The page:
Finding the right partner for the job

STANEY PULLOLICKEL Treasurer of the Year – Regional

GE Power & Energy Connections has made a commitment to support power infrastructure development in Iraq. The main challenge was finding the right financial backers amid the weak state of the country’s financial markets and economy. For Staney Pullolickel, the task presented an opportunity to display his team’s tenacity and creativity in obtaining the support the company requires to achieve its vision

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4 May 2017

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For Staney Pullolickel, finding the right partner has been key to ensuring the success of his initiatives in Iraq. The treasurer of GE Power & Energy Connections for the Middle East, North Africa, Turkey, Sub-Saharan Africa and South Asia has  had the tall task of supporting the company’s power projects in Iraq by securing the necessary funding.

GE Power has won contracts with Iraq’s Ministry of Electricity to build new power plants, as well as technology upgrades and maintenance. GE Power will add more than 700MW of power to the country’s power grid.

“Several years ago you didn’t have a scenario where you would even need to talk about financing with your customers. It was a given that customers had capital. You just had to focus on the technical capabilities of the products you were selling to them. However in today’s environment, financing is not just an enabler but a key driver to sales,” explains Pullolickel.

Arranging financing for the GE Power project had been challenging.  The plunge in oil prices and ongoing war against the Islamic State are deepening the nation’s  financial challenges and keeping most banks cautious. 

When Pullolickel first brought up the Iraqi project funding opportunity with his core banking partners none of them could think of a solution and were additionally cautious about project and government risks.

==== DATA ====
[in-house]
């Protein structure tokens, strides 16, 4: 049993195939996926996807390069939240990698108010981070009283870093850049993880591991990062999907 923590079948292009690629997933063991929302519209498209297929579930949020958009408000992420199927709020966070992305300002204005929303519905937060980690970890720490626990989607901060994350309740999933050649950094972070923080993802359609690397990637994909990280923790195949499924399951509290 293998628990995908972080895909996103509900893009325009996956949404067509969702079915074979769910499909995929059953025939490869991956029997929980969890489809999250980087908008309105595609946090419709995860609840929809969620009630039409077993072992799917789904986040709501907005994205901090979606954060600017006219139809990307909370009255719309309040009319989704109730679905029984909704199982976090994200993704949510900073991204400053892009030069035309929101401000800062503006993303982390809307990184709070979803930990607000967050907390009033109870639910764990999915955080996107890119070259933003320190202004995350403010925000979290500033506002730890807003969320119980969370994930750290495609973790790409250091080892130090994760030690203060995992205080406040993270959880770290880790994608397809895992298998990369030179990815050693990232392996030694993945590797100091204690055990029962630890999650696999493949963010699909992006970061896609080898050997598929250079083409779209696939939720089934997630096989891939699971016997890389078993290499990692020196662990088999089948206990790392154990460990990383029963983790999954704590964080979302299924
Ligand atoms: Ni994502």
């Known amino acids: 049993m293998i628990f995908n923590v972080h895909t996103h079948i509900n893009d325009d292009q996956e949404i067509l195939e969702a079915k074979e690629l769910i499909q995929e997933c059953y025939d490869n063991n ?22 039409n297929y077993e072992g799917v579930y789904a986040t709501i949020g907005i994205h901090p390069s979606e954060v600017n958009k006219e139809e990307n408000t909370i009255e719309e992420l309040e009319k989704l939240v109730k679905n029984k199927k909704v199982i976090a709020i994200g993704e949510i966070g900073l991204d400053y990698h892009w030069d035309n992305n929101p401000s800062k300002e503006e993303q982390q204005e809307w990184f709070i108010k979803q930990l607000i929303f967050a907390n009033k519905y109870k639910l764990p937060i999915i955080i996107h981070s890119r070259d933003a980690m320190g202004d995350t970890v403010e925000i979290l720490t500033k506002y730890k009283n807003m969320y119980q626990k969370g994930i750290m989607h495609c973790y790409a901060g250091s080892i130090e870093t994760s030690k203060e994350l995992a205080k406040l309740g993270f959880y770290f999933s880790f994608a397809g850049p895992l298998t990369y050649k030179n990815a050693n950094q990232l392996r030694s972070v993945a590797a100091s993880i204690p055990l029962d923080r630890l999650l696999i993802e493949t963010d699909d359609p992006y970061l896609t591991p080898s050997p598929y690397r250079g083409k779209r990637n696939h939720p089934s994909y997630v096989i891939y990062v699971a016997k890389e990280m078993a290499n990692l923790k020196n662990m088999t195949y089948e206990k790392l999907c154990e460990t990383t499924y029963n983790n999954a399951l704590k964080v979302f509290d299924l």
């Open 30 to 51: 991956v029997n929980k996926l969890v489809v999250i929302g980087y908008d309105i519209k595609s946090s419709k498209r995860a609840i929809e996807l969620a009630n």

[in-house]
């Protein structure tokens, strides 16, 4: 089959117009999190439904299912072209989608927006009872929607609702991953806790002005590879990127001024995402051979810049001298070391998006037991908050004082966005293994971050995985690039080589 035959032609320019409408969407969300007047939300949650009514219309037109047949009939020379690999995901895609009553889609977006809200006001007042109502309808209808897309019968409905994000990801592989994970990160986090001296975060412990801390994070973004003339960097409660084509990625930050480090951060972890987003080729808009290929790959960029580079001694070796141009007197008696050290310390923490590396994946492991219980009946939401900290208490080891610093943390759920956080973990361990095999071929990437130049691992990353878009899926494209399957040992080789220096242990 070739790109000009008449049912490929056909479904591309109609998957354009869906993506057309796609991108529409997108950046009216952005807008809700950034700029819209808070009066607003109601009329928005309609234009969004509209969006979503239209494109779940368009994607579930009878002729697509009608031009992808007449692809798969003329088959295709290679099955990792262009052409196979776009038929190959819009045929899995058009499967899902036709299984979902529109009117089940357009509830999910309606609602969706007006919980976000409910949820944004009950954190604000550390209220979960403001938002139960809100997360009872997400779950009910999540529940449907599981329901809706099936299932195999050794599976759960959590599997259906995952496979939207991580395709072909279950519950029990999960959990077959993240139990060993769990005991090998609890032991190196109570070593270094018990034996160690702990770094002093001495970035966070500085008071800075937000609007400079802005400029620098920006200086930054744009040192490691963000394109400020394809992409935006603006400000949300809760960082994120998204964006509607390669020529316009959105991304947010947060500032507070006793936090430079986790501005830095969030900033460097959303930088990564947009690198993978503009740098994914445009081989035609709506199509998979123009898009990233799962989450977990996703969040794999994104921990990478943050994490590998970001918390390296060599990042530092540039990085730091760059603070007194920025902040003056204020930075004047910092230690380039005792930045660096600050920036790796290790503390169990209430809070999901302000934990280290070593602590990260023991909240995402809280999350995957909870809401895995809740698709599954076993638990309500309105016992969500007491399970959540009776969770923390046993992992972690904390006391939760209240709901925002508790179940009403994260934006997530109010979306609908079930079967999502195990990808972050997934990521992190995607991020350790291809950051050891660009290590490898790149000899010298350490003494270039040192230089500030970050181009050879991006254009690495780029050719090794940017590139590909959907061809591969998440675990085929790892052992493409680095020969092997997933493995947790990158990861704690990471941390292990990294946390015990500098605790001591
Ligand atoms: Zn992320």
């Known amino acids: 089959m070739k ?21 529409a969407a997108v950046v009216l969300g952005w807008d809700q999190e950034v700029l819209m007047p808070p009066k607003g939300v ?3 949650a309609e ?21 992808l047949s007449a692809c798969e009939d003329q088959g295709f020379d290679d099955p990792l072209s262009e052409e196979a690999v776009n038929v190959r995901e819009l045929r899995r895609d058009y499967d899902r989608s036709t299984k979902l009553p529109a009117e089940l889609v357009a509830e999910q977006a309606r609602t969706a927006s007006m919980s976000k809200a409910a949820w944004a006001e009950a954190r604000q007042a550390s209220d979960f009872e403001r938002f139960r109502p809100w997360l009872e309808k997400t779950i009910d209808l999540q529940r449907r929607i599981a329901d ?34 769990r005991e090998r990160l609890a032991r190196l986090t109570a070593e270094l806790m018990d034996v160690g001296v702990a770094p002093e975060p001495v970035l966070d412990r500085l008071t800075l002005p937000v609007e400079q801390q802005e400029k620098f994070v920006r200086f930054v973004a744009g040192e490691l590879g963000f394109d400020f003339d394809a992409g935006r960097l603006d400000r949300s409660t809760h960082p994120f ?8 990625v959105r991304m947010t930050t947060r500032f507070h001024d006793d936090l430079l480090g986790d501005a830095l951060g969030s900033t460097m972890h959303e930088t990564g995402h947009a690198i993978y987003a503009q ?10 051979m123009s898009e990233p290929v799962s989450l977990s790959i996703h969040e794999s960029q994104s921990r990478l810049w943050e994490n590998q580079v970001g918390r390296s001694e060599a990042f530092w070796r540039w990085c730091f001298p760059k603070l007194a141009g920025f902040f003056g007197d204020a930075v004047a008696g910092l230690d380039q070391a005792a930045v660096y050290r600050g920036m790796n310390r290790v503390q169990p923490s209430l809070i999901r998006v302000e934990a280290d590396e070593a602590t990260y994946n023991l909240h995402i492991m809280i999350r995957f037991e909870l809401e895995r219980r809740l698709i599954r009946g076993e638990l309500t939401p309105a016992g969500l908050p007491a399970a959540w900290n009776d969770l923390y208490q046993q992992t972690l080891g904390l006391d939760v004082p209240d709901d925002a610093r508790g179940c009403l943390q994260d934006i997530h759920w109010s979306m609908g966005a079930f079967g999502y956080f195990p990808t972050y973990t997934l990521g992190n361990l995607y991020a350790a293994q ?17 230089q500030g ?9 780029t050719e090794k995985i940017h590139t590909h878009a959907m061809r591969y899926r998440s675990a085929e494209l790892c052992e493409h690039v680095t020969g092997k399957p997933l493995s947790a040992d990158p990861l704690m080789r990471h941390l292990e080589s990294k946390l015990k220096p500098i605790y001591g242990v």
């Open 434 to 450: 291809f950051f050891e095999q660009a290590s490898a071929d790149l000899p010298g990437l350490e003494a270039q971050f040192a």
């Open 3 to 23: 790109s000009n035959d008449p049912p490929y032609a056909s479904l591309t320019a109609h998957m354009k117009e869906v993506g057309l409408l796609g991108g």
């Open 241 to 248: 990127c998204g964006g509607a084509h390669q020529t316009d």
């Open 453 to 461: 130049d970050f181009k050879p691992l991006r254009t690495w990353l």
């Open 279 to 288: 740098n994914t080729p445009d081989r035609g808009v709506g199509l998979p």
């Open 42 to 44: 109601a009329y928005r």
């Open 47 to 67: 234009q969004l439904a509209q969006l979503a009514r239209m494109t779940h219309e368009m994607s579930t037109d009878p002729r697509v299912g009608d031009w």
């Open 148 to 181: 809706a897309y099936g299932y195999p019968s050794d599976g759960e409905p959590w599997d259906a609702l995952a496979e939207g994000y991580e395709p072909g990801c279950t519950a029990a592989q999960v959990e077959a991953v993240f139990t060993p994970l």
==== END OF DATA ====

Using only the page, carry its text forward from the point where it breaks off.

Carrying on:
After countless hours of business enquiries and negotiations, Pullolickel decided to work with Standard Chartered in crafting a sound financing structure that would benefit all parties involved.

The structure involved utilizing Standard Chartered’s distribution platform in reaching out to investors and regional partner banks. “The bank needs to have the breadth to work with other financial intermediaries. You won’t be able to come up with a solution in isolation in today’s market,” highlights Pullolickel. GE also brought outside commitments, attracting more than nine major global export credit agencies into Iraq.

As a result, GE Power in November signed agreements with the Trade Bank of Iraq and Standard Chartered to develop power and infrastructure projects in Iraq. It was a testament to Pullolickel’s expertise in choosing the right banking partner to share in his company’s vision.

“The bank has to share my vision. If I am happy to do business in Iraq, that vision needs to be shared by my banking partner as well,” says Pullolickel. “A partner for me is one who understands what I’m selling, understands my customers, understands my needs and structures an appropriate solution.”

Pullolickel adds that global banks need to be nimble and adapt to local markets to win new markets. Going forward, he plans to increasingly look at partnering with local banks to support customer financing. Their familiarity and willingness to work with local governments would be an advantage.

Having been with GE for about a decade, Pullolickel is most proud of being able to progressively influence the way the organization deals with its banking partners. “One of the things I have done is to view the concept of a banking relationship from a holistic standpoint. It’s the culmination of all the banking elements which we have with the bank, into one window so that we derive the best out of our partners,” he notes. “For transaction banking we look at technology as a key parameter. The bank needs to be technologically advanced to support us. They should also demonstrate a high-level of expertise to support all GE businesses across the spectrum.”

When looking at the future of his regional treasury operations, Pullolickel plans to implement new measures that will further optimize GE Power’s treasury function.

“It is critical to localize decision-making. As a company we are empowering the commercial and business teams to make decisions locally. We are making them take risks and manage their operations locally,” says Pullolickel.

“Reducing the number of banking touch points and modelling structures with our banking partners that enable growth are areas which I would really want to focus on going forward.” 

Date

4 May 2017

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